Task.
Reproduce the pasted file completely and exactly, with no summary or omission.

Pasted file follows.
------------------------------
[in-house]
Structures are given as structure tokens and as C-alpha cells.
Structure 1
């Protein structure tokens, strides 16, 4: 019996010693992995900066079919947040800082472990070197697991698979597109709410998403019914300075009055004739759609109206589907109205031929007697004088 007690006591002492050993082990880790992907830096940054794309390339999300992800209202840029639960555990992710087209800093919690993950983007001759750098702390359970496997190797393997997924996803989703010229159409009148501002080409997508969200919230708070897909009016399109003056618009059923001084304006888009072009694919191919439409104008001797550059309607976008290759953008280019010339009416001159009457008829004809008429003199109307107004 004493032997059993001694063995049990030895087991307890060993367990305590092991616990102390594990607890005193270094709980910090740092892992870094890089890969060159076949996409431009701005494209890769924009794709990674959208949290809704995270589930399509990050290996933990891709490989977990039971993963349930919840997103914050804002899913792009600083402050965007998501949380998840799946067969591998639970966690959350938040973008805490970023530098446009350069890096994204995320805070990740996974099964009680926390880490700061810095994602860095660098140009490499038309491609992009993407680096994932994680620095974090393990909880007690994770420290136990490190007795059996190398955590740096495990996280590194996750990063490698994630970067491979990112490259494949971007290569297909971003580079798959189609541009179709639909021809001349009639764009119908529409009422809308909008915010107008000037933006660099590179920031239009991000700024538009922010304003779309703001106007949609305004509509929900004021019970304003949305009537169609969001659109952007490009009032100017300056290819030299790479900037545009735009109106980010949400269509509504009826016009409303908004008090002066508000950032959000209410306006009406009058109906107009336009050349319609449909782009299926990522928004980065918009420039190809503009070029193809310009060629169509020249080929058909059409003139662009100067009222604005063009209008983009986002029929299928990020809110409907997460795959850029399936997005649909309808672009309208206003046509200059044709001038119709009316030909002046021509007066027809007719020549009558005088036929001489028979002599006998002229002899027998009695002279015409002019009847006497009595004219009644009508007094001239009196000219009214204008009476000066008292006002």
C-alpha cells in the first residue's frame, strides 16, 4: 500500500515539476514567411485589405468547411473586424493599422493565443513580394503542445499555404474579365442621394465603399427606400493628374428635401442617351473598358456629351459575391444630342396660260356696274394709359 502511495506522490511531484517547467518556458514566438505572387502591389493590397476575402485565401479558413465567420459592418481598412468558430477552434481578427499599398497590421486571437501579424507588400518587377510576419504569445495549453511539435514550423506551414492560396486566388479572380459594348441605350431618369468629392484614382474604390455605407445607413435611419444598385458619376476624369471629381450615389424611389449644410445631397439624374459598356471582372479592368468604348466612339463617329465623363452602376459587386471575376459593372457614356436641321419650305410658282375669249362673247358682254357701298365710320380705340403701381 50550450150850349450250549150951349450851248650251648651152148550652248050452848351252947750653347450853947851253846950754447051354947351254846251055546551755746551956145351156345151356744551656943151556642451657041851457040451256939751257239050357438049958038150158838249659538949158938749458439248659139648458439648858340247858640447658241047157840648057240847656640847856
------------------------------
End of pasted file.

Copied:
[in-house]
Structures are given as structure tokens and as C-alpha cells.
Structure 1
């Protein structure tokens, strides 16, 4: 019996010693992995900066079919947040800082472990070197697991698979597109709410998403019914300075009055004739759609109206589907109205031929007697004088 007690006591002492050993082990880790992907830096940054794309390339999300992800209202840029639960555990992710087209800093919690993950983007001759750098702390359970496997190797393997997924996803989703010229159409009148501002080409997508969200919230708070897909009016399109003056618009059923001084304006888009072009694919191919439409104008001797550059309607976008290759953008280019010339009416001159009457008829004809008429003199109307107004 004493032997059993001694063995049990030895087991307890060993367990305590092991616990102390594990607890005193270094709980910090740092892992870094890089890969060159076949996409431009701005494209890769924009794709990674959208949290809704995270589930399509990050290996933990891709490989977990039971993963349930919840997103914050804002899913792009600083402050965007998501949380998840799946067969591998639970966690959350938040973008805490970023530098446009350069890096994204995320805070990740996974099964009680926390880490700061810095994602860095660098140009490499038309491609992009993407680096994932994680620095974090393990909880007690994770420290136990490190007795059996190398955590740096495990996280590194996750990063490698994630970067491979990112490259494949971007290569297909971003580079798959189609541009179709639909021809001349009639764009119908529409009422809308909008915010107008000037933006660099590179920031239009991000700024538009922010304003779309703001106007949609305004509509929900004021019970304003949305009537169609969001659109952007490009009032100017300056290819030299790479900037545009735009109106980010949400269509509504009826016009409303908004008090002066508000950032959000209410306006009406009058109906107009336009050349319609449909782009299926990522928004980065918009420039190809503009070029193809310009060629169509020249080929058909059409003139662009100067009222604005063009209008983009986002029929299928990020809110409907997460795959850029399936997005649909309808672009309208206003046509200059044709001038119709009316030909002046021509007066027809007719020549009558005088036929001489028979002599006998002229002899027998009695002279015409002019009847006497009595004219009644009508007094001239009196000219009214204008009476000066008292006002």
C-alpha cells in the first residue's frame, strides 16, 4: 500500500515539476514567411485589405468547411473586424493599422493565443513580394503542445499555404474579365442621394465603399427606400493628374428635401442617351473598358456629351459575391444630342396660260356696274394709359 502511495506522490511531484517547467518556458514566438505572387502591389493590397476575402485565401479558413465567420459592418481598412468558430477552434481578427499599398497590421486571437501579424507588400518587377510576419504569445495549453511539435514550423506551414492560396486566388479572380459594348441605350431618369468629392484614382474604390455605407445607413435611419444598385458619376476624369471629381450615389424611389449644410445631397439624374459598356471582372479592368468604348466612339463617329465623363452602376459587386471575376459593372457614356436641321419650305410658282375669249362673247358682254357701298365710320380705340403701381 50550450150850349450250549150951349450851248650251648651152148550652248050452848351252947750653347450853947851253846950754447051354947351254846251055546551755746551956145351156345151356744551656943151556642451657041851457040451256939751257239050357438049958038150158838249659538949158938749458439248659139648458439648858340247858640447658241047157840648057240847656640847856